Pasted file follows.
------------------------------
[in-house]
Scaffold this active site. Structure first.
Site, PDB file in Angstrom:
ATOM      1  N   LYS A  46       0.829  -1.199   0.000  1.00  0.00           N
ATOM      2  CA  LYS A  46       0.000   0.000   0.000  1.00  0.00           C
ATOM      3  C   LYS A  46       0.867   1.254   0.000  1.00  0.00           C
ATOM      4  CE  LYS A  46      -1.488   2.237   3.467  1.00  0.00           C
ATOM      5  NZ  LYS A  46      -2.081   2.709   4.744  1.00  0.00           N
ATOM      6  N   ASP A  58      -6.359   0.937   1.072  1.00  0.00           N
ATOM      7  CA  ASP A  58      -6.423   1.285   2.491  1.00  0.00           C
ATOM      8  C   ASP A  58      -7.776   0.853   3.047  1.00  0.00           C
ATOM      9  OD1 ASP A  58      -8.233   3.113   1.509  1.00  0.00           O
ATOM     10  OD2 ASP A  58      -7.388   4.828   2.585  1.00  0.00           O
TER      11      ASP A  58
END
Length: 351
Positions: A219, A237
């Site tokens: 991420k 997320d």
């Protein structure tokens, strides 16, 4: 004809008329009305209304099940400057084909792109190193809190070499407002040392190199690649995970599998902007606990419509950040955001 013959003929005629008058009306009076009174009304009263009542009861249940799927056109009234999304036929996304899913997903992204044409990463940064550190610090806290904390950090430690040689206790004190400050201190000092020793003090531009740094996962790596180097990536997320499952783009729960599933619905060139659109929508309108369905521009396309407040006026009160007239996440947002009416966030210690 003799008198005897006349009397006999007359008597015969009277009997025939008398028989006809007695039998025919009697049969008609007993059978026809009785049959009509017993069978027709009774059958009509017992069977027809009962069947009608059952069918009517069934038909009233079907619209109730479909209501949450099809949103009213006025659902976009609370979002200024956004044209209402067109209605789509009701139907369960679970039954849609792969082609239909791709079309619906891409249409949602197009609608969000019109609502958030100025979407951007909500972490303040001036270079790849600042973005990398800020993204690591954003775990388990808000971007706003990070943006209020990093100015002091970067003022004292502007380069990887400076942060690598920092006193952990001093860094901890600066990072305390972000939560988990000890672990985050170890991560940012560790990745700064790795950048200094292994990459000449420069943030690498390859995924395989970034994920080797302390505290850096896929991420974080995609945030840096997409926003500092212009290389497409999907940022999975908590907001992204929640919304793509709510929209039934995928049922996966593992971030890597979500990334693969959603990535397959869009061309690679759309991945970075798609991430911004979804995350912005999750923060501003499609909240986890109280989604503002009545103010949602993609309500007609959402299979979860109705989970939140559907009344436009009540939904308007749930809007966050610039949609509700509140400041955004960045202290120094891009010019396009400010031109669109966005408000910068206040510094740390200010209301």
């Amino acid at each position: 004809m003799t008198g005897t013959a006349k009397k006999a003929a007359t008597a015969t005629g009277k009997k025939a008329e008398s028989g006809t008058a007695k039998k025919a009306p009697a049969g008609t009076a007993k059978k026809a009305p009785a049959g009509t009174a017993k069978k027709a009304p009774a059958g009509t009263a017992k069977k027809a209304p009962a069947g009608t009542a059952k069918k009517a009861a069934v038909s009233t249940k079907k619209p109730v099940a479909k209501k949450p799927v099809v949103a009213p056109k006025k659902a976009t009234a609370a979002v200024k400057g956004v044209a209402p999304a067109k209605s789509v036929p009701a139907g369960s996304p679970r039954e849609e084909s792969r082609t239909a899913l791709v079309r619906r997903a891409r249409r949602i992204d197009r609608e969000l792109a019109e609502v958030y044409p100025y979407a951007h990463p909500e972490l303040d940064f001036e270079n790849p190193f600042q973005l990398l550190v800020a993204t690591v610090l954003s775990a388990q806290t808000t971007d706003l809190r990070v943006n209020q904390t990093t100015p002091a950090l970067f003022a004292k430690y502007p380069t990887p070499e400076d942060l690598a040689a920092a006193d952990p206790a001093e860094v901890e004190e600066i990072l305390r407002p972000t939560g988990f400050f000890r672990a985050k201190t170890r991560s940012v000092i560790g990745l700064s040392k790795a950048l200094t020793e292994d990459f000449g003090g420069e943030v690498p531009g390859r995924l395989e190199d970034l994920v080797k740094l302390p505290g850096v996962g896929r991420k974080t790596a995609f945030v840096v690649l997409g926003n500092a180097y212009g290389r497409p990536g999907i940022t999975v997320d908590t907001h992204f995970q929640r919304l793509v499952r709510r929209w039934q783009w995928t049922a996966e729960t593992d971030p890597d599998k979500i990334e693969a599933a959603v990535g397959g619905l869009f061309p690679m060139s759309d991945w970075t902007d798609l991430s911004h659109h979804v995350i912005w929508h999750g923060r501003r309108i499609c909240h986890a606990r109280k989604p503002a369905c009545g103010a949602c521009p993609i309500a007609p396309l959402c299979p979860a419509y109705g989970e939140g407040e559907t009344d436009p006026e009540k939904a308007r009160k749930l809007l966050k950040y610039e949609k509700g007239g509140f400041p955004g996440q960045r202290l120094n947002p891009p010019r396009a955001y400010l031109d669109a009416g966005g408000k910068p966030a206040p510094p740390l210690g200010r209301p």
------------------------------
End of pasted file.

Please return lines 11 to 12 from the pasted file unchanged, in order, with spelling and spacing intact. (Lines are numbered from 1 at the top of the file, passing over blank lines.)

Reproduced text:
ATOM      8  C   ASP A  58      -7.776   0.853   3.047  1.00  0.00           C
ATOM      9  OD1 ASP A  58      -8.233   3.113   1.509  1.00  0.00           O